Showing posts with label Reading at home; What your teachers wishes; Parent Involvement; Interaction; Engage; Life at Gray Gables; Literacy. Show all posts
Showing posts with label Reading at home; What your teachers wishes; Parent Involvement; Interaction; Engage; Life at Gray Gables; Literacy. Show all posts

Wednesday, December 23, 2015

What your child’s teacher wishes you knew

Your child’s teacher is reading, with

 your child, every day. 

This is a fact. It begins in Kindergarten and builds. It is critical that reading does not stop once your child gets on that bus at the end of the day

This sheet can help break it down and
allow your child to think as they read!
I am fortunate to have my child(ren) attend a school that gets Parents involved in everything that is going on in the classroom. It is reinforcing my child and defining her as a successful student

From first hand, I have seen the success. 

She is in first grade, reading chapter books for 4th and 5th graders. She reads out-loud and to herself and is a confident reader. She will try, no matter if she is right or wrong, which is quite a statement. But further than that, she is dissecting the story as she is reading. She stops to ask questions, she reiterates the story to me for clarification and she will go back and re-read if something is missing, lost or not making sense.

This is our goal when independent reading.
If you have a child in elementary school, they are, no doubt, being expected to read.  Did you know that they are not only judged on HOW they read, but also on HOW WELL they can RETAIN the information (comprehension)?  If your child is reading words like “opportunity”, but is reading books with words closer to “apple”, there is a reason.   They can not move up to the next level if they have not mastered the skills associated with the level that they are currently reading.
Many times, a child can read words, but not yet retain the information given.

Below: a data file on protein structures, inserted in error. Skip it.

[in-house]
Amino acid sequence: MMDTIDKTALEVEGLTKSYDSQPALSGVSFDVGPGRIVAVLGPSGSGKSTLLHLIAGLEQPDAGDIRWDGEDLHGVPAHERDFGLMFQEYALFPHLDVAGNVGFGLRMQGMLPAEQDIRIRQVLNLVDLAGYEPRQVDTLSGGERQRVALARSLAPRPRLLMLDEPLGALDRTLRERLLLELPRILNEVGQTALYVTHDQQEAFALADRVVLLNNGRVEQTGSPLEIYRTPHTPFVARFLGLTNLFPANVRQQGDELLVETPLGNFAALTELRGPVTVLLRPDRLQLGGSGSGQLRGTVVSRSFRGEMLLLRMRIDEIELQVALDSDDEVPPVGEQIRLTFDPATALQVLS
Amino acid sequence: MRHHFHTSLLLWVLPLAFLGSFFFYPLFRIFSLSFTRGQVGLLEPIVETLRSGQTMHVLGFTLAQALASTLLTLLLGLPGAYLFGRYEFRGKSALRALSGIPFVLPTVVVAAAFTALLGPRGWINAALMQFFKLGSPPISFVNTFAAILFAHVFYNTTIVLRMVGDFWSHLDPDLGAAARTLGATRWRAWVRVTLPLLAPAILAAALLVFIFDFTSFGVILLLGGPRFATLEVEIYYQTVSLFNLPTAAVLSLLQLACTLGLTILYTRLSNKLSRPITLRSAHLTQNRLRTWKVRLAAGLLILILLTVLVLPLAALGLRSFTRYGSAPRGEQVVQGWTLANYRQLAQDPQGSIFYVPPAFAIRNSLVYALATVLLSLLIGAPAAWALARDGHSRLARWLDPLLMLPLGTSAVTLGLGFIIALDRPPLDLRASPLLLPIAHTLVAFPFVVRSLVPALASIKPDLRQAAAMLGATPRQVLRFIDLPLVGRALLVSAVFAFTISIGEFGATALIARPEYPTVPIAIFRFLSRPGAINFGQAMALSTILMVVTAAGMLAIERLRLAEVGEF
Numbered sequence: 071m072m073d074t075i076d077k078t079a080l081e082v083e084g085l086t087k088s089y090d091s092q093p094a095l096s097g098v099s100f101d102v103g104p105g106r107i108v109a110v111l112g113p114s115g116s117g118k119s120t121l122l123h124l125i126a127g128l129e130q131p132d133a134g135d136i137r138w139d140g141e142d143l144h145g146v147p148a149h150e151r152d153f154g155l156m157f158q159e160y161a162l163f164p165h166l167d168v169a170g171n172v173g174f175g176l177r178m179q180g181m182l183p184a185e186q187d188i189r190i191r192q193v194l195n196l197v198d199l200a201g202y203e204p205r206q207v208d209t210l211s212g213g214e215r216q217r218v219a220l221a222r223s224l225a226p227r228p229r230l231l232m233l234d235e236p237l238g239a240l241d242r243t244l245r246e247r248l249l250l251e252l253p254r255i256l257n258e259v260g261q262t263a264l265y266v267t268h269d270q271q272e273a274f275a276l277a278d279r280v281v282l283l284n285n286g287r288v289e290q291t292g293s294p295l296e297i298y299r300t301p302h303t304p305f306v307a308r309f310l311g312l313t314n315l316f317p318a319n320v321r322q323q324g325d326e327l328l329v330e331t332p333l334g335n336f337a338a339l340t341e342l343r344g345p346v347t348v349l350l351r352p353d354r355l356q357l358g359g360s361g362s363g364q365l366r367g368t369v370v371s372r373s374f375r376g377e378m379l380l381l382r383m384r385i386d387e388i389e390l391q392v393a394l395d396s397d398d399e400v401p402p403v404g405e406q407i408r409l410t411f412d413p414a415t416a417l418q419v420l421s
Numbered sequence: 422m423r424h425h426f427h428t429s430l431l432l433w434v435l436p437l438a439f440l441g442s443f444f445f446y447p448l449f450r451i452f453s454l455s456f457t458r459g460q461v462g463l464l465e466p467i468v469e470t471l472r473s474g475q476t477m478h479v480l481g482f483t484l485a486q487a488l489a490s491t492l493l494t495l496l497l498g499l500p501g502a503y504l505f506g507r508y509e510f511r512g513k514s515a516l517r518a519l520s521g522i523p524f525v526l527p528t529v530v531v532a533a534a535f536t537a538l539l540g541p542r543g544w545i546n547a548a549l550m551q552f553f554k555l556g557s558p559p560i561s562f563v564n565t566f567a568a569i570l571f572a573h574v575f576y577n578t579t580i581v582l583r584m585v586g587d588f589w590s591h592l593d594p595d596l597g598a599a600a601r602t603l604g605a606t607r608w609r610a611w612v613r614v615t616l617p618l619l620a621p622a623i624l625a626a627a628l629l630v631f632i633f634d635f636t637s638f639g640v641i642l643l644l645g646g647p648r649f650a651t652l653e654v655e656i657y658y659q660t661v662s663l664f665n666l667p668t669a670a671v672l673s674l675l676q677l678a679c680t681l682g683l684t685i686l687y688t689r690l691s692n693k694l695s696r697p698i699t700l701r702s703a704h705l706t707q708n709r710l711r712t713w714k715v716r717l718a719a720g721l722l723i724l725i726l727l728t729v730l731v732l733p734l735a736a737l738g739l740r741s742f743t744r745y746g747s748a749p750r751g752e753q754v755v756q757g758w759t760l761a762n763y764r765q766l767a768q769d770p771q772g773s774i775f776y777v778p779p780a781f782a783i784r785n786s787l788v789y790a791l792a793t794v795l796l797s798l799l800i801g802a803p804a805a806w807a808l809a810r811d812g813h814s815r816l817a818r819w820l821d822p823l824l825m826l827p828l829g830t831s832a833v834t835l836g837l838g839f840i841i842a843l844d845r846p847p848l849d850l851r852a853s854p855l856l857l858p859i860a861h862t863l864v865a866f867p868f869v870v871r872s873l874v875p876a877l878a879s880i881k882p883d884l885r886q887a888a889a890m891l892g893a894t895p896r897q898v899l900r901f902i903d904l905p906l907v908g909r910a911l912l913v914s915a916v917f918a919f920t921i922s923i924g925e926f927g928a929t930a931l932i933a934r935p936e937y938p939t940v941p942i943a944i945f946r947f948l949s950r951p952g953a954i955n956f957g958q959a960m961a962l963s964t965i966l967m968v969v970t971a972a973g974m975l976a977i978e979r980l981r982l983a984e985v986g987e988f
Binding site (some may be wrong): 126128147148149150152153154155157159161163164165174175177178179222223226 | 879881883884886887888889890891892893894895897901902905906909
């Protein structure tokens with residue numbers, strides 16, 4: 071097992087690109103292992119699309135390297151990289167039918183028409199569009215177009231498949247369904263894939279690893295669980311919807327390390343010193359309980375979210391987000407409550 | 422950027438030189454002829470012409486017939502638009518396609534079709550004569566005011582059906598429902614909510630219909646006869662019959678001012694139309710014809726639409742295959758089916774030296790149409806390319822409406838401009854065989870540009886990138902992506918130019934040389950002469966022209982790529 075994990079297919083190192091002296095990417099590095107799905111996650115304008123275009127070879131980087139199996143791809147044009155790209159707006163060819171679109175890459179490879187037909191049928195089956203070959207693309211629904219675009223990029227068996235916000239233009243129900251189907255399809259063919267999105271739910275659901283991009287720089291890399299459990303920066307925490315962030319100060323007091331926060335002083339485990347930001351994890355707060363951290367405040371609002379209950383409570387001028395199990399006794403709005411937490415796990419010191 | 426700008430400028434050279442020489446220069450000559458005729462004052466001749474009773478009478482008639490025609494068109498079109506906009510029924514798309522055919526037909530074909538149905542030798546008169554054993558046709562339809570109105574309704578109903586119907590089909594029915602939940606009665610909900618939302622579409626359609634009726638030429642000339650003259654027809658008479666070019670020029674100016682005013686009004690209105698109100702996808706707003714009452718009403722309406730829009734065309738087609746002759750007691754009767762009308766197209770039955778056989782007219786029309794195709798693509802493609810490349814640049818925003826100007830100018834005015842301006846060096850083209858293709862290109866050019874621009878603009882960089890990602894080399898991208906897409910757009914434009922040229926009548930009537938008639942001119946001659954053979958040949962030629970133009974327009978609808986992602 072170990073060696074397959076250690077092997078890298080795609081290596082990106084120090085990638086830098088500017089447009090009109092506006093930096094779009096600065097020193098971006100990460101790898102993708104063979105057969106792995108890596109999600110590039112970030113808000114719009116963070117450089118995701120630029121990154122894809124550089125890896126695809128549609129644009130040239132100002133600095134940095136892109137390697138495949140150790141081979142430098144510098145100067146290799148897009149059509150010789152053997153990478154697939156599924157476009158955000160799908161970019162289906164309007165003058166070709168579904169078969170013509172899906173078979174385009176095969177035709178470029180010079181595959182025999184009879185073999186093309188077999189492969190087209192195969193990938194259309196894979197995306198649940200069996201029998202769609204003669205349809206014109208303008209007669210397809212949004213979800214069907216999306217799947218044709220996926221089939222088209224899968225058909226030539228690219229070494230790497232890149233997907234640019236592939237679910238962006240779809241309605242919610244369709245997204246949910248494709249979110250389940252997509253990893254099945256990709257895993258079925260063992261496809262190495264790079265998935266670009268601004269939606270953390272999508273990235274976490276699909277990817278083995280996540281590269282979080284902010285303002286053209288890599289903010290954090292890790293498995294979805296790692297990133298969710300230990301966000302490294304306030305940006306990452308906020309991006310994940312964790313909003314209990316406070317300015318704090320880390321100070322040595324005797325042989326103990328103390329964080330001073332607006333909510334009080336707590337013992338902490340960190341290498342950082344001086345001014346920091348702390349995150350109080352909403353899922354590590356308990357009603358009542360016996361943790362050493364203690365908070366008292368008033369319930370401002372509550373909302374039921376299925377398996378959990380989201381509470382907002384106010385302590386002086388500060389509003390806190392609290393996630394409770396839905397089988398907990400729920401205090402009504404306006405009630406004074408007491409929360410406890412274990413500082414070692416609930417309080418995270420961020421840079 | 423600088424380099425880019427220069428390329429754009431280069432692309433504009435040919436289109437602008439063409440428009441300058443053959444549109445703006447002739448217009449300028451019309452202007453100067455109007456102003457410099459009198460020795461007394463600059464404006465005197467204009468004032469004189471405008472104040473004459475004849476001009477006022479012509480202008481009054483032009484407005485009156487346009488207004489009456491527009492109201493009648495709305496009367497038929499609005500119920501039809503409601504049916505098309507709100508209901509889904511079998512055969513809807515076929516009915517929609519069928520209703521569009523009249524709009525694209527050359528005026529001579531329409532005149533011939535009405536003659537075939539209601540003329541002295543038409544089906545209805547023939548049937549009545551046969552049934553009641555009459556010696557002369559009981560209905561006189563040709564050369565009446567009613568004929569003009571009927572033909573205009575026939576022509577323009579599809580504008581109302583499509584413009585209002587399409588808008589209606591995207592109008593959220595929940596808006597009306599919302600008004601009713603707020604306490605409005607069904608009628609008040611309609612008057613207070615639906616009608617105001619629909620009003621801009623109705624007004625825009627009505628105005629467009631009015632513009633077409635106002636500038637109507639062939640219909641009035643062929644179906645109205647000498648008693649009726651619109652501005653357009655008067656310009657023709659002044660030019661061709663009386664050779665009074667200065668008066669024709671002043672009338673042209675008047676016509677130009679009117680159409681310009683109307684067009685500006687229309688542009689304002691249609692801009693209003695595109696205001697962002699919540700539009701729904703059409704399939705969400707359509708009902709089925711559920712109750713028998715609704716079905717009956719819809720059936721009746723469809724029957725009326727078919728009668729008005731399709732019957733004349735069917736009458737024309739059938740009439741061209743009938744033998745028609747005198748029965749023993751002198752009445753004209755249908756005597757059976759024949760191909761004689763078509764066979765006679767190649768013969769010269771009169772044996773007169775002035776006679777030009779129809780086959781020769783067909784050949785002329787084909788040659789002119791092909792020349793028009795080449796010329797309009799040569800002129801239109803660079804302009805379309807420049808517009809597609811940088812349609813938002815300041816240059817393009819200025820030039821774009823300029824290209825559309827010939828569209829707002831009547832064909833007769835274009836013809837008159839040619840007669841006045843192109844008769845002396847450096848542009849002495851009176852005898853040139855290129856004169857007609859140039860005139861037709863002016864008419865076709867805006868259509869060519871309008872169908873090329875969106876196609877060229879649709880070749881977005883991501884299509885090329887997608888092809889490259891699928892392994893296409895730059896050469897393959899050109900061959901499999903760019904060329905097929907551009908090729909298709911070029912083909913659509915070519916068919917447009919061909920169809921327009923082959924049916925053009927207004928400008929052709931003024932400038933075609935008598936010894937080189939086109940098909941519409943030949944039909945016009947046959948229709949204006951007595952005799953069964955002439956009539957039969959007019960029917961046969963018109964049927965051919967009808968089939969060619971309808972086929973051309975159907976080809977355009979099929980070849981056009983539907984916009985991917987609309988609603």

There are things that you can do to help.  
These are the same things that your child’s teacher is asking your child at school.  Here is what your child’s teacher wishes you knew about reading…

1- Looking at the cover, what do they think this book will be about? 
Let them guess what they think will happen in the story.
2- Do a picture walk (flip to each page and look at the pictures and talk about them) and let them guess again.
Did they change their minds?
3- Point out words that are going to be difficult.   When you are looking through the book, during your picture walk, look for difficult words.  If you see the word Mountain in the book and you know that your child has not seen this word before, introduce it to them.
4- If the book is shorter, have them read it once to you and once or twice by themselves. 
I used to have my students read their leveled reader books three times.
The first time (out-loud): Learning the words
The second time (silently): Understanding the story
The third time (out-loud again): working on their fluency (being able to read it without a lot of pauses and mistakes)
5- When the story is done, ask them the following questions:
Tell me what happened in this story.  (They have to be able to tell you things that happened – I aim for three things when asking our daughter what she remembers) Tell me about the beginning, the middle and the end.   (I want these things in order.)
Follow Up Questions:
  • What did this story make you think about?  
  • Did it remind you of anything?  (“No” is not an acceptable answer- they will lose points on their score-sheet if they cannot relate it to something)
  • What characters were in the story?
  • Where did the story take place?
  • What was the problem/conflict in the story?   (after this answer, move onto….) 
  • Did they solve it?  How?

These questions will be asked by your child’s teacher, so it is better to prepare them to think this way when reading.  Just being able to read the words will not help your child succeed- they need to comprehend what they are reading.

Enjoy this time with your child!

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